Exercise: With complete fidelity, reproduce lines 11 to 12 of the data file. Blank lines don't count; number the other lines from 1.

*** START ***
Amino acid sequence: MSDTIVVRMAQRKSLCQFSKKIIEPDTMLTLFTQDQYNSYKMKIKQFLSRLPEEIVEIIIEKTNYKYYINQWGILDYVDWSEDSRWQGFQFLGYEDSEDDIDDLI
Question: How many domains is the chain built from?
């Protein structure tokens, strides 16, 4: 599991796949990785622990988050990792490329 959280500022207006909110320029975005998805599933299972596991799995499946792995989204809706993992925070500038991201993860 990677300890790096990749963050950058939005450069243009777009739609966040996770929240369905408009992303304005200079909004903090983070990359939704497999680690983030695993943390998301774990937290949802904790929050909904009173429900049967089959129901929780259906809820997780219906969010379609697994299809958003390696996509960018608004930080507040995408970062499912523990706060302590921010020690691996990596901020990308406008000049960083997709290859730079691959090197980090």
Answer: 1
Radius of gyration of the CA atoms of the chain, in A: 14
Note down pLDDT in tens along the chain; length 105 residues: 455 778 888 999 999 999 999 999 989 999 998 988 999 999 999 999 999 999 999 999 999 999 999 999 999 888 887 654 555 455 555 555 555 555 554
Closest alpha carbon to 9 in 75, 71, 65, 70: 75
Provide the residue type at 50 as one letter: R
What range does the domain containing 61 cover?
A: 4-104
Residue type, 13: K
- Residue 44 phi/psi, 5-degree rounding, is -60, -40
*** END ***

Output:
Residue type, 13: K
- Residue 44 phi/psi, 5-degree rounding, is -60, -40